Sensitising youth against extremism

125

GHQ did well by organising, in collaboration with Higher Education Commission, a day-long seminar on Thursday on the crucial subject of ‘Role of Youth in Rejecting Extremism’. The most prominent aspect of the event was that important personalities dealing with the issue in the field and at policy level shared their experiences and thoughts with the youth and representatives of civil society and hopefully the questions raised by the youth would have served as a food for thought for planners.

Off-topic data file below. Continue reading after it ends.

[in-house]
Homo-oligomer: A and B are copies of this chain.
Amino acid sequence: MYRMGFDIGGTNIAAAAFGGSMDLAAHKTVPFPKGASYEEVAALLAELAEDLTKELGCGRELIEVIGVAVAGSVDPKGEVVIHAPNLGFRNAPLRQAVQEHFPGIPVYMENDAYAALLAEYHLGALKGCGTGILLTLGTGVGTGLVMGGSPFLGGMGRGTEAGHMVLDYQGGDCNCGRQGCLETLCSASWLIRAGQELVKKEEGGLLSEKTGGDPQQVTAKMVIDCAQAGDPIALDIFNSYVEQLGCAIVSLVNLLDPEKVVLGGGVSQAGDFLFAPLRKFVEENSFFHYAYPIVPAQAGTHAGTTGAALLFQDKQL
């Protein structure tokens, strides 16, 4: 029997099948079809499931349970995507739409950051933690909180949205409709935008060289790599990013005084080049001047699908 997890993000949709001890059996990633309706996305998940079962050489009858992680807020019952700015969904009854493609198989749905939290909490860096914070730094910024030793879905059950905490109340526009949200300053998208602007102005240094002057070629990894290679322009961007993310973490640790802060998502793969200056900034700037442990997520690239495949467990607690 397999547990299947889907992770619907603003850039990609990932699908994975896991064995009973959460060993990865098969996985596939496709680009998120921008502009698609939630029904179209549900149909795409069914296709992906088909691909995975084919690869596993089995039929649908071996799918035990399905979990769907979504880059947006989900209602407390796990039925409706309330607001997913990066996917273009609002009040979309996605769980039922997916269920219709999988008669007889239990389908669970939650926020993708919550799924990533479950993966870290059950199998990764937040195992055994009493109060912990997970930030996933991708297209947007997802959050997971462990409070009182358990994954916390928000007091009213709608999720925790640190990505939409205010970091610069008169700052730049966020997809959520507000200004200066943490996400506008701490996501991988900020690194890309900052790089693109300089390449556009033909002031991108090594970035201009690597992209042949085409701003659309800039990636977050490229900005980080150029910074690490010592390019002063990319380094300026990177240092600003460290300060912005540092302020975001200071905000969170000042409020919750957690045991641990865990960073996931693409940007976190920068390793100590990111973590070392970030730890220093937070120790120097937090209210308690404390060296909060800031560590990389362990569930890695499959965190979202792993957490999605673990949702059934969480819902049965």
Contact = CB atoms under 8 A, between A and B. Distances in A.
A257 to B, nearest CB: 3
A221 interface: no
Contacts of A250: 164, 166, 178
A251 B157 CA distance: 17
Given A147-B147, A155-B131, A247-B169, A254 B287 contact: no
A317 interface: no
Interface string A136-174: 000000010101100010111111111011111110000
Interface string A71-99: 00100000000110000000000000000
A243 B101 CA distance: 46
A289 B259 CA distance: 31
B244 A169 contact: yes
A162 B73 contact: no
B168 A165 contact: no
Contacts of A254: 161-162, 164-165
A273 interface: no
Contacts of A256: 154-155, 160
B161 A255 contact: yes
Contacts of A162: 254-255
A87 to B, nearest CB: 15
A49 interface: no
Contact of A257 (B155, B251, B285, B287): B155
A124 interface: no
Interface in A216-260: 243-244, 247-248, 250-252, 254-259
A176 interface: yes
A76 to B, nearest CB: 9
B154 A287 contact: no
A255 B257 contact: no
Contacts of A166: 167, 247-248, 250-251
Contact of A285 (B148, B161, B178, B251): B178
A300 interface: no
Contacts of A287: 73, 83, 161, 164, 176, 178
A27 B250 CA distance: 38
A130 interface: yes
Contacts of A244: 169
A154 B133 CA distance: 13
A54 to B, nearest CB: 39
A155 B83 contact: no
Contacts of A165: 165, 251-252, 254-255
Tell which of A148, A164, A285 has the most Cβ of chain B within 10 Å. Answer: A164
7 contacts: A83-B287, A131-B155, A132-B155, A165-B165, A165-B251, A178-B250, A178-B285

In his key-note address, Army Chief Gen Qamer Javed Bajwa explained to the audience how the armed forces achieved remarkable successes in the war against terror and how they intend to proceed further to stabilise the gains. There are no two opinions that what our valiant armed forces did in the unconventional war against terror is unparalleled and its success is quoted the world over. However, our performance in stabilising the gains and fighting the war on other fronts has not been satisfactory. The government relying on coalition partners and being continuously pressurised by the opposition unfortunately could not dare take bold and revolutionary steps. Therefore, it is duty of all state institutions and organs to strengthen government hands and extend sincere cooperation in taking the campaign to its logical end at the soonest. A durable change can take place if the youth is on board and conditions are created where they do not become vulnerable to exploitation by negative forces as we have witnessed in the case of Mashal Khan. Social media is a strong and effective tool and its proper and correct use can bring about a positive change but so far this media is being misused not only by our enemies but our own people as well for their petty interests. Gen Bajwa, who himself had been a victim of malicious propaganda on social media, rightly pointed out that faceless and nameless hostile forces were polluting the mind of youth through social media. This is happening since long but our ministries and departments seem to appear helpless. This is mainly because jobs in these ministries and organisations are not filled on merit but on the basis of recommendations (sifarish) and capable/properly qualified but dejected youth is leaving for other destinations. PEMRA is trying to enforce code but it is receiving threats and the culprits remain unidentified. Parliament is supposed to play a lead role in devising practical strategies but it is somewhat paralysed as some political forces are bent upon playing foul. Latest example is the FATA reforms, which have been made football by some parties with apprehensions that we might miss a historic opportunity for mainstreaming of the region. Political stability and economic progress are the answers to prevailing situation but would we allow this to happen?